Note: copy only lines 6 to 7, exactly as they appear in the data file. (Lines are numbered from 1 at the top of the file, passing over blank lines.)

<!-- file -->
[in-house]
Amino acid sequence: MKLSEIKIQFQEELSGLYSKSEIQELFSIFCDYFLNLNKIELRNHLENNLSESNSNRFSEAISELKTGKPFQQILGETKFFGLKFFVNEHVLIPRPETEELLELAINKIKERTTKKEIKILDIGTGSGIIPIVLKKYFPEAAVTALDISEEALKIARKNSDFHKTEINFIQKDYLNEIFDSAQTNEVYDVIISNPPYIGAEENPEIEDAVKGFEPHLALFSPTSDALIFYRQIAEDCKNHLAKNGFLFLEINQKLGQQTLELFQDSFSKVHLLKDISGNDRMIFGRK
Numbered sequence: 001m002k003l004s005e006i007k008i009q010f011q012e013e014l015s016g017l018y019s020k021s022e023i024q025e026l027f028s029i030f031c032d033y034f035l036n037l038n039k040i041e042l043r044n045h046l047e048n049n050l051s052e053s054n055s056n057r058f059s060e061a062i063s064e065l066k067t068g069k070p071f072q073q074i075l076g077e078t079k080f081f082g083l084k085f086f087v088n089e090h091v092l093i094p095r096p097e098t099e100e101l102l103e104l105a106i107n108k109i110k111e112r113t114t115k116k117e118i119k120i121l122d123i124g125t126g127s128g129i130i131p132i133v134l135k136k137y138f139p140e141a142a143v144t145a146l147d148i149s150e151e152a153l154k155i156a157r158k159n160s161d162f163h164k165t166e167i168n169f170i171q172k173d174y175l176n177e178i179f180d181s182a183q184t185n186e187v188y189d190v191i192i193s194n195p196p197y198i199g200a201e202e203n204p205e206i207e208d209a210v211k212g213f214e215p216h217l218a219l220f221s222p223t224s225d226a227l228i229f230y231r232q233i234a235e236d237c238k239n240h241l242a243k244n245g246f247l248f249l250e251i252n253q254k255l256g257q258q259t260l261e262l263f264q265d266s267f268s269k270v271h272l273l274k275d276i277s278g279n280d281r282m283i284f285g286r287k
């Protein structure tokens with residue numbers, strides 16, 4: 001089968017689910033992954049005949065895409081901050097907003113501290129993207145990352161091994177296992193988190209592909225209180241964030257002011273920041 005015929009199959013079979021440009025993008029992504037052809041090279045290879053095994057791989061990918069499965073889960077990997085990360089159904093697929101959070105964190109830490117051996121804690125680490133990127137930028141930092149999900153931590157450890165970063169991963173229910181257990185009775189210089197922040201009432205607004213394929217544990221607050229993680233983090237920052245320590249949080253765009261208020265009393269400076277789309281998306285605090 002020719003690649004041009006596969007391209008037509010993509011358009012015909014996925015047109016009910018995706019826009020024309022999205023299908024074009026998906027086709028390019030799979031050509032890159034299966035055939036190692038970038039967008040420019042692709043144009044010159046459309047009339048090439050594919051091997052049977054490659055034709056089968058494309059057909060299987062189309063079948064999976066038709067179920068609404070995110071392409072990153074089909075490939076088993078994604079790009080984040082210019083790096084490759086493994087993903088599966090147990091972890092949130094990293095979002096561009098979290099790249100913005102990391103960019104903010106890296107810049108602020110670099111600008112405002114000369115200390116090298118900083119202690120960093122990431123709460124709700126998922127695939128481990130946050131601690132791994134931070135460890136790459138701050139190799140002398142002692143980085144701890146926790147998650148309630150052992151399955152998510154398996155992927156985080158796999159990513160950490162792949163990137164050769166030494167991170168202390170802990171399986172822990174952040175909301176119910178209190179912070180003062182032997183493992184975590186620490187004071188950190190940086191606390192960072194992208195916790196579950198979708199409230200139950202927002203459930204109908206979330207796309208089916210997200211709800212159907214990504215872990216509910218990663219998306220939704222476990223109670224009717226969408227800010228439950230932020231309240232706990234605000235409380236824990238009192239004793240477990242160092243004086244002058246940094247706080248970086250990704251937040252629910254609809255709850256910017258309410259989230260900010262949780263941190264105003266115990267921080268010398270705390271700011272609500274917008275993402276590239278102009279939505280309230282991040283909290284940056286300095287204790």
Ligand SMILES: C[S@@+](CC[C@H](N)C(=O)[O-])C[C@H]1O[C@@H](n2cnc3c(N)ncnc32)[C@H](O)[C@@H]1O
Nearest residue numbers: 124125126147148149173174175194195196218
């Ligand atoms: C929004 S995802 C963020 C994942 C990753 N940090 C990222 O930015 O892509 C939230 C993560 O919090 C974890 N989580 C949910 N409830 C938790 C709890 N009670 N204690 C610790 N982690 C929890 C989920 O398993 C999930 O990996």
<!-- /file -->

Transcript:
Nearest residue numbers: 124125126147148149173174175194195196218
């Ligand atoms: C929004 S995802 C963020 C994942 C990753 N940090 C990222 O930015 O892509 C939230 C993560 O919090 C974890 N989580 C949910 N409830 C938790 C709890 N009670 N204690 C610790 N982690 C929890 C989920 O398993 C999930 O990996």